c. sum and difference signal coupler means connected to said feed means for sum signal input to the array and sum and difference output therefrom; and

d. a meaner network intercoupling said feed means and a plurality of said radiation elements including at least one of the centermost of said radiation elements on one side of the array with a like number on the other, said meaner network comprising first coupler means wherein the radiation element sum and difference signal intercoupling is such as to at least partially cancel the antiphased difference signals and to add the equiphased sum signals, and second coupler means wherein the equiphased sum signals thus added in said first coupler means are divided to yield a corresponding plurality of sum signals, whereby the antiphased difference excitation of the array center elements is at least partially cancelled while the equiphased sum excitation thereof is maintained substantially unchanged.

3. An array antenna system as defined in claim 2 wherein said meaner" network is connected to two of said centermost radiation elements on each side of the array and operates to reduce by one-half the amplitude of the difference excitation for those elements.

Patent Citations
Cited PatentFiling datePublication dateApplicantTitle
US3293648 *Oct 27, 1961Dec 20, 1966Gen ElectricMonopulse radar beam antenna array with network of adjustable directional couplers
US3392395 *Apr 26, 1966Jul 9, 1968Hazeltine Research IncMonopulse antenna system providing independent control in a plurality of modes of operation
US3618092 *May 23, 1969Nov 2, 1971North American RockwellSignal injection apparatus for avoiding monopulse anomalies in a monopulse array
Referenced by
Citing PatentFiling datePublication dateApplicantTitle
US4525716 *Sep 10, 1984Jun 25, 1985At&T Bell LaboratoriesTechnique for cancelling antenna sidelobes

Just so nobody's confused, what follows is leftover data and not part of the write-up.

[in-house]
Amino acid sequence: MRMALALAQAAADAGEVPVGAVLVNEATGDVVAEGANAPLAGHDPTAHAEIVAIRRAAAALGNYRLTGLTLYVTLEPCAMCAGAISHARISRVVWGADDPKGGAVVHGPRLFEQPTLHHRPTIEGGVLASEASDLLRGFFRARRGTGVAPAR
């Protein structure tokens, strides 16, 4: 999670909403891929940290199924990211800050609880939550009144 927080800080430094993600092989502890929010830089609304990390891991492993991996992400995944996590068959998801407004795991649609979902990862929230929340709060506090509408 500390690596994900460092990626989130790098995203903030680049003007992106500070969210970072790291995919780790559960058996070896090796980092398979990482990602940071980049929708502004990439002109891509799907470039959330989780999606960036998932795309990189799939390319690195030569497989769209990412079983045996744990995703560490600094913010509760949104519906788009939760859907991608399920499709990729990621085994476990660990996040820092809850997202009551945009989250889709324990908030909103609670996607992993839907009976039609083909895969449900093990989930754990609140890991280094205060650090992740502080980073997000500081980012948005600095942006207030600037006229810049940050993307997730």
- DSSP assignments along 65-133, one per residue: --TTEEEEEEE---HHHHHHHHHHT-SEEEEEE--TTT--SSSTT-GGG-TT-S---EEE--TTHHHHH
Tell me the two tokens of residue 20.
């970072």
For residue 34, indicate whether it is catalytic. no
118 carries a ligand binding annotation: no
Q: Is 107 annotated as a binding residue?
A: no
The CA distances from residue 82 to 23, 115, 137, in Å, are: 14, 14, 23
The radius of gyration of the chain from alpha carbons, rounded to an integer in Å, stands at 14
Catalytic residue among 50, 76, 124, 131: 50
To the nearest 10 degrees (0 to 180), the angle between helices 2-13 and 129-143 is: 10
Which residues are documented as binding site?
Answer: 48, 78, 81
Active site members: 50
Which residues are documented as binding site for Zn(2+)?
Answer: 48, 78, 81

US4555706 *May 26, 1983Nov 26, 1985Unidet States Of America SecrSimultaneous nulling in the sum and difference patterns of a monopulse radar antenna
US4578679 *May 5, 1983Mar 25, 1986Ant Nachrichtentechnik GmbhMethod and apparatus for obtaining antenna tracking signals
US4697188 *Feb 13, 1985Sep 29, 1987American Telephone And Telegraph Company, At&T Bell LaboratoriesInterference canceler with difference beam
US4827270 *Dec 9, 1987May 2, 1989Mitsubishi Denki Kabushiki KaishaAntenna device
US5151705 *Feb 15, 1991Sep 29, 1992Boeing Aerospace And ElectronicsSystem and method of shaping an antenna radiation pattern
US5216428 *May 16, 1984Jun 1, 1993Hughes Aircraft CompanyModular constrained feed for low sidelobe array
US5233359 *Apr 7, 1992Aug 3, 1993Hughes Aircraft CompanyLow difference pattern sidelobe pattern circuit
US5652591 *Nov 20, 1989Jul 29, 1997Liu; Sien-Chang CharlesWideband and wide angle sidelobe cancellation technique
US5815112 *Dec 5, 1996Sep 29, 1998Denso CorporationPlanar array antenna and phase-comparison monopulse radar system
US7030813 *Dec 16, 2004Apr 18, 2006Bae Systems Information And Electronic Systems Integration Inc.Array antennas with independent sum and difference excitations levels
US8305260 *Feb 22, 2010Nov 6, 2012Kabushiki Kaisha ToshibaAntenna device and radar apparatus
US20100225528 *Feb 22, 2010Sep 9, 2010Kabushiki Kaisha ToshibaAntenna device and radar apparatus
DE3743123A1 *Dec 18, 1987Jul 7, 1988Mitsubishi Electric CorpAntennenvorrichtung
DE3743123C2 *Dec 18, 1987Aug 20, 1998Mitsubishi Electric CorpAntennenvorrichtung
EP0257884A2 *Aug 6, 1987Mar 2, 1988Plessey Overseas LimitedRadar transmitter-receiver isolation network
EP0474977A2 *Jun 6, 1991Mar 18, 1992Siemens Plessey Electronic Systems LimitedImprovements in or relating to radar systems
EP0619622A2 *Apr 8, 1994Oct 12, 1994Hughes Aircraft CompanyMonopulse array system with airstripline multi-port network
WO1990006003A1 *Aug 25, 1989May 31, 1990Grumman Aerospace CorpRadar system for determining angular position utilizing a linear phased array antenna
Classifications
U.S. Classification342/380, 342/373, 342/381
International ClassificationH01Q25/00, G01S13/00, G01S7/28, H01Q25/02, G01S13/44
Cooperative ClassificationH01Q25/02, G01S13/4409, G01S7/2813
European ClassificationH01Q25/02, G01S7/28K, G01S13/44B